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Kathleen Creel: Examining Ethical Questions in AI

Stanford’s Embedded EthiCS fellow seeks to understand ethical questions posed by emerging technologies with an interdisciplinary approach.

Katie Creel poses for a portrait in Stanford University

Kathleen Creel is finishing a postdoctoral fellowship, where she teaches in and creates course material for a program designed to embed ethical considerations into the computer science curriculum. | Christine Baker

It’s safe to say that Plato and his contemporaries never grappled with moral questions raised by the development of neural networks or issues surrounding data privacy and security. But a few modern philosophers – like Kathleen Creel – are doing just that as they harness age-old ideas about knowledge, existence, and ethics to understand and respond to the challenges posed by today’s technology. 

“I still get a lot from Plato and other historical philosophers, but the task of philosophy is to figure out what the questions of a particular age, of a particular society or culture are, and to ask how philosophy can help to address them,” Creel says. “It gives us a clearer moral system to help sort through what our priorities ought to be, and how we should act in our lives.”

Creel is finishing a two-year Embedded EthiCS Postdoctoral Fellowship based at Stanford’s McCoy Family Center for Ethics in Society and the Institute for Human-Centered Artificial Intelligence (HAI). The fellowship was an irresistible draw to Creel, who has long been attracted to the order and clarity of each field.

“Beginning in college, I was drawn to computer science and philosophy, because they both use logic and analysis to reduce what philosophers sometimes call ‘the blooming, buzzing confusion’ of the world into something that’s manageable,” Creel says. “These two fields felt similar, because they both allow me to get to the heart of things; to learn truths that are both necessary and that relate to things in the world that I care about.”

Embedding Ethics into AI Research

After graduation, Creel briefly set philosophy aside, but soon found herself reconsidering its potential.

“After I graduated from college, I thought I was going to be a software engineer, and I did that for a while,” she says. “I was going to leave philosophy behind, but I missed it, and I also began to realize that the large-scale software projects I was working on presented interesting and important issues involving transparency, explainability, and trust. Philosophers have developed tools over millennia to think about these issues, and we can bring some of these established tools to AI, so computer scientists don’t have to reinvent them from scratch.”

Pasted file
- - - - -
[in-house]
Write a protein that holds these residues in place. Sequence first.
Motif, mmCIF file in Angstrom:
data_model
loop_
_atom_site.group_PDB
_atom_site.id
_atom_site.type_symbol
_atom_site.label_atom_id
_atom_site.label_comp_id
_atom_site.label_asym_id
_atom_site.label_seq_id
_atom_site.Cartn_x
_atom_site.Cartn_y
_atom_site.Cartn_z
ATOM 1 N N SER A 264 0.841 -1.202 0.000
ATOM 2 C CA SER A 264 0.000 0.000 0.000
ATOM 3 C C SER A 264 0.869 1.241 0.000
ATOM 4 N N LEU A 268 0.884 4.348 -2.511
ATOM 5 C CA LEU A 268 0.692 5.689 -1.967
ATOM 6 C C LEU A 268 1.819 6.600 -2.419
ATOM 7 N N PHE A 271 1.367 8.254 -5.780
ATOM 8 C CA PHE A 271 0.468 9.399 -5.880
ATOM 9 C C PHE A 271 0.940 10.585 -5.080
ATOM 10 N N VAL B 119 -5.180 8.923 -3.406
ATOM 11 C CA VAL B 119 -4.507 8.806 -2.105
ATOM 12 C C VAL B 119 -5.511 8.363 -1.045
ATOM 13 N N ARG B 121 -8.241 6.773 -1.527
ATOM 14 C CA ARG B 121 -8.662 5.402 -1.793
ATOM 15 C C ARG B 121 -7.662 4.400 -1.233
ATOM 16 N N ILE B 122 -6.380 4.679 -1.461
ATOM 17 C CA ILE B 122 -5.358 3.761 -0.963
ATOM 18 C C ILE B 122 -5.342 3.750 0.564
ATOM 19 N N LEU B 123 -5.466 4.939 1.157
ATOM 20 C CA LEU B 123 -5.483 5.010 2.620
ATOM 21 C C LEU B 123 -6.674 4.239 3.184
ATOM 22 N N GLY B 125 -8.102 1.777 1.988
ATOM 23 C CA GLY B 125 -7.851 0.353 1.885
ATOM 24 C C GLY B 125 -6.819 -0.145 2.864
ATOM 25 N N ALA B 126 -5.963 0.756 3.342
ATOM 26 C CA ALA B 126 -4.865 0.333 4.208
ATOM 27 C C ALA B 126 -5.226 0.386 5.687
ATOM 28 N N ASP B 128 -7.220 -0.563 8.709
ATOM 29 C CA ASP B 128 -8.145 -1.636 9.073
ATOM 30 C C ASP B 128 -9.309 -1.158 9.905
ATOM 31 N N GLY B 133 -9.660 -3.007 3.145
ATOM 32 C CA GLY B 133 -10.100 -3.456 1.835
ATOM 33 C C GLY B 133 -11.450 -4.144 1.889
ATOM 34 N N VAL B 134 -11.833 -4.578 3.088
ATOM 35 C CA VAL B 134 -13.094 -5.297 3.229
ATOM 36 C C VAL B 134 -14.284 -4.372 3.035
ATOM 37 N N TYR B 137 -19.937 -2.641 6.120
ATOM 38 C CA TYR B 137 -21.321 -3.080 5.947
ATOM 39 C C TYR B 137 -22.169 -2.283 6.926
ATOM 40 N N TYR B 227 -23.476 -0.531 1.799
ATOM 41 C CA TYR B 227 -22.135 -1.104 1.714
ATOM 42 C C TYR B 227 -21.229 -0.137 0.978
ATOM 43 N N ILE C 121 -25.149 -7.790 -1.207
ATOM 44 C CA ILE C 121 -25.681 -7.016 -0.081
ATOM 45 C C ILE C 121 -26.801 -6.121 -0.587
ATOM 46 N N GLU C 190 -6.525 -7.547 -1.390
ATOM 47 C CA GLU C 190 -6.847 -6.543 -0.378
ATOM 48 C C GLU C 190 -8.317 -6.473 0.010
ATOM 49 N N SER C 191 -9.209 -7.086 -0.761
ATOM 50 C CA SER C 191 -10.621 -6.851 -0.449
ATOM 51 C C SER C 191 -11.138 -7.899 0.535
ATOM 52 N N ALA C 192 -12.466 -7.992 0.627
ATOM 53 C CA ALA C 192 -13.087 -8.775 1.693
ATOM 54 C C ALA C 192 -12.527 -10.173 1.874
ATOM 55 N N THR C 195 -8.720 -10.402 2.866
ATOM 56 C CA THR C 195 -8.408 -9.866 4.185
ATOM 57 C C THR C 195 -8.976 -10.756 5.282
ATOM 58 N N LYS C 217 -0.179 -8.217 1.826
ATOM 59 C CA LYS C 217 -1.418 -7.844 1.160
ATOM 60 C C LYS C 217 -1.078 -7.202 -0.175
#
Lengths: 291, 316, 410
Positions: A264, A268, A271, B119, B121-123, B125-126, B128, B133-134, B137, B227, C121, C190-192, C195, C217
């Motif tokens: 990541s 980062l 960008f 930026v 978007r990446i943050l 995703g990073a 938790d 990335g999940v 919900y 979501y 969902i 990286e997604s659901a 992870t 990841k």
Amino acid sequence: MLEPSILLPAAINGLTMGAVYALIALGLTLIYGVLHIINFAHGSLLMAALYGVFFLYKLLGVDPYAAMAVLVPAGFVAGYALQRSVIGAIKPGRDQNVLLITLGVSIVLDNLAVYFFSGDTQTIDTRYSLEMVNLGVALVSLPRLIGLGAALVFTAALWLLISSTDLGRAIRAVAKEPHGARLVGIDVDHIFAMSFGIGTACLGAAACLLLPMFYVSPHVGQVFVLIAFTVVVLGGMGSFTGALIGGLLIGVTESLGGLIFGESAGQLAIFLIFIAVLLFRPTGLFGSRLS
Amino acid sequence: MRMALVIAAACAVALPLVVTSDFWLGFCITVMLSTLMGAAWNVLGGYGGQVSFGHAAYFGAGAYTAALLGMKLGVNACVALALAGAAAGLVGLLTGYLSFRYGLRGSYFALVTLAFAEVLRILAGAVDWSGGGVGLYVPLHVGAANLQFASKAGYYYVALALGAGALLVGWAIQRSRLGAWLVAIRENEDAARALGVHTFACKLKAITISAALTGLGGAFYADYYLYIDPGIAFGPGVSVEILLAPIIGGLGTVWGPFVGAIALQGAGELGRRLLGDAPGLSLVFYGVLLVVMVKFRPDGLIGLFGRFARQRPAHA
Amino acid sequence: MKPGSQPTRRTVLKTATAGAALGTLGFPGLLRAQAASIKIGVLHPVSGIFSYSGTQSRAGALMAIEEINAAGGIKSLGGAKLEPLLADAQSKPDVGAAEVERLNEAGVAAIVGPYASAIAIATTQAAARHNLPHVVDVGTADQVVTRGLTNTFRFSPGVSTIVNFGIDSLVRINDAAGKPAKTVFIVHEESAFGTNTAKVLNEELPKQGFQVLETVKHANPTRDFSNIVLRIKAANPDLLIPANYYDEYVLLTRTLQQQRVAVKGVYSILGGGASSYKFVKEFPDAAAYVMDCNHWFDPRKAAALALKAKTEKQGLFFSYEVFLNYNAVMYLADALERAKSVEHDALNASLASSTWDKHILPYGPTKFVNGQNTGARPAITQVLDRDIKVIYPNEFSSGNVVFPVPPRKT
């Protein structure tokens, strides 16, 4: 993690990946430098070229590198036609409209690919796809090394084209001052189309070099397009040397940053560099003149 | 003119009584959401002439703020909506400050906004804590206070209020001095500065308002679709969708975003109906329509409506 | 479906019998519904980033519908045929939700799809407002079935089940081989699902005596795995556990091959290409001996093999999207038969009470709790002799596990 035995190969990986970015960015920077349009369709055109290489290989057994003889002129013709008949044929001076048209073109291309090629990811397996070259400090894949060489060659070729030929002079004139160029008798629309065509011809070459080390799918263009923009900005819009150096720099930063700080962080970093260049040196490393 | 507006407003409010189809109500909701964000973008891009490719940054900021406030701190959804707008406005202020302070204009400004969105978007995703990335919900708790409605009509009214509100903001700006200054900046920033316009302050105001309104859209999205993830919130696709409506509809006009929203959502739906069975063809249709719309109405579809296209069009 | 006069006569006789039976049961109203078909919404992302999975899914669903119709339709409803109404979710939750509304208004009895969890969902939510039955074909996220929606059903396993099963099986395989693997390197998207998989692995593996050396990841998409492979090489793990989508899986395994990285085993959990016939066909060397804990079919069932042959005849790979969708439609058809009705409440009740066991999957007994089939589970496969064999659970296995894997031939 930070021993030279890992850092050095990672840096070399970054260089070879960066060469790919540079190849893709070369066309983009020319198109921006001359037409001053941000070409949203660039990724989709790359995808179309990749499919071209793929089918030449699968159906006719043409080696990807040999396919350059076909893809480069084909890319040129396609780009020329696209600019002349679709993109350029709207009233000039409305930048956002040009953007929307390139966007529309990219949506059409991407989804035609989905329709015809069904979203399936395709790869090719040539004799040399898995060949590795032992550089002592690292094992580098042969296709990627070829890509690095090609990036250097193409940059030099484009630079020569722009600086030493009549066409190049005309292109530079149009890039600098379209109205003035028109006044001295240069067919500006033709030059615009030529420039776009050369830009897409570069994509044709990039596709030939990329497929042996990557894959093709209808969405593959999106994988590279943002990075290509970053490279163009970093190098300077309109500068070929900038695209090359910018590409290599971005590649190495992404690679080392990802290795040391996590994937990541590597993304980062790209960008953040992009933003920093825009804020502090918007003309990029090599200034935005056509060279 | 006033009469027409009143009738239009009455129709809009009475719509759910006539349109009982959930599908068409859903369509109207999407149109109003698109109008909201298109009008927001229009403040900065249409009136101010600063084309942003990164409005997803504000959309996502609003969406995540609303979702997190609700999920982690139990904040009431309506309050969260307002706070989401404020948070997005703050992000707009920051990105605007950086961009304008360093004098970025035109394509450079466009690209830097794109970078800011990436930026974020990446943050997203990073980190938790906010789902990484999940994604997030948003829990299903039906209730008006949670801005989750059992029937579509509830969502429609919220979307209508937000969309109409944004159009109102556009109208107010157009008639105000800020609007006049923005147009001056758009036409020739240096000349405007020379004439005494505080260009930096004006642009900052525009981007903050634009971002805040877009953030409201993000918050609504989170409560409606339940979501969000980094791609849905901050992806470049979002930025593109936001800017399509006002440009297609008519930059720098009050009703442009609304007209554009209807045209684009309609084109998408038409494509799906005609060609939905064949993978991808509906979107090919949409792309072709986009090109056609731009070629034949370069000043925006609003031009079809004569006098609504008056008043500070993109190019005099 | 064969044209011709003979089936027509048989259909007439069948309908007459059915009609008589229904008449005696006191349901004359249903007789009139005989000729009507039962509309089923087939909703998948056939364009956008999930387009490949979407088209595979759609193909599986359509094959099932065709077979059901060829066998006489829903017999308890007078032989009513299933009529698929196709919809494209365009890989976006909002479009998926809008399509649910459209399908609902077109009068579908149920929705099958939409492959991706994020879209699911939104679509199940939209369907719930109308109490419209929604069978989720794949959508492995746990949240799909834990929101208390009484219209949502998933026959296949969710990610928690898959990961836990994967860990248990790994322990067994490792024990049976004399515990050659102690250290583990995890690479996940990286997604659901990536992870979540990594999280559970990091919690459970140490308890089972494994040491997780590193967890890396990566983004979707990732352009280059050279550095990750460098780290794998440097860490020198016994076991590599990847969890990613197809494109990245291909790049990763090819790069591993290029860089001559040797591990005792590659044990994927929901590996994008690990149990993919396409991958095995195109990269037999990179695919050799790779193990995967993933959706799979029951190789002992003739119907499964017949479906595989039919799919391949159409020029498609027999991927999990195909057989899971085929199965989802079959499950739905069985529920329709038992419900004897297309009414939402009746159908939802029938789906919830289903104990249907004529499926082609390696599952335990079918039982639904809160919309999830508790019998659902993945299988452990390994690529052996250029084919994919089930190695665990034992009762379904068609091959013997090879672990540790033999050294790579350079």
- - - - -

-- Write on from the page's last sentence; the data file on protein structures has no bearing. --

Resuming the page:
As part of her fellowship, Creel teaches in and creates course material for Stanford’s Embedded EthiCS program, which is reworking computer science courses to fully integrate ethical considerations into each curriculum. She’s also pursuing her own research, collaborating with interdisciplinary scholars from HAI’s Center for Research on Foundation Models (CRFM) to study the negative impact of algorithmic monoculture on individuals. When the same machine learning model is used for high-stakes decisions in many settings, its strengths, biases, and idiosyncrasies can all be passed down to a wide range of subsequent applications. If the same person encounters similar models time after time, Creel says, that individual could be wrongly and repeatedly denied access to employment, loans, and other essential opportunities.

Watch: Picking on the Same Person: Does Algorithmic Monoculture Homogenize Outcomes?

“We’re asking how often individuals are affected by this, and how we can determine if systematic exclusion is happening in a particular system more than it would simply by chance,” Creel says. “If the risk of algorithmic monoculture is concentrated on the same people repeatedly, that’s deeply unfair. As an ethicist, I want to know how we can design systems that won’t arbitrarily exclude people.”

Katie Creel poses for a portrait in Stanford University.

Kathleen Creel works with scholars from a wide range of fields to study the negative impact of algorithmic monoculture on individuals. | Christine Baker

Leading an Interdisciplinary Life

Working at HAI is a rare opportunity to interact with colleagues from a wide range of fields, Creel says.

“I’m working right now with machine learning researchers, computer scientists, and a labor economist; that’s the kind of project HAI’s roof can shelter,” Creel says. “Everyone is respectful of the disciplinary expertise of their colleagues. But there are challenges; we’re all trained to ask different kinds of questions, and we have to figure out how to pursue a course of research that satisfies all our questions at the same time. Doing that, however, means that we end up with a broader and richer look at whatever we’re studying.” 

Creel hopes her research at HAI will help those in a range of fields identify algorithmic monoculture in their own data, and understand why it needs to be addressed. She’ll continue her focus on ethics in technology this fall when she begins a new position as an assistant professor at Northeastern University, where she will hold joint appointments in the College of Social Sciences and Humanities and Khoury College of Computer Sciences.

“I’m feeling lucky to be able to continue this interdisciplinary life, and to keep straddling these two fields that I love,” she says.

This article is part of the People of HAI series which spotlights our community of scholars, faculty, students, and staff coming from different backgrounds and disciplines.

Stanford HAI's mission is to advance AI research, education, policy, and practice to improve the human condition. Learn more.

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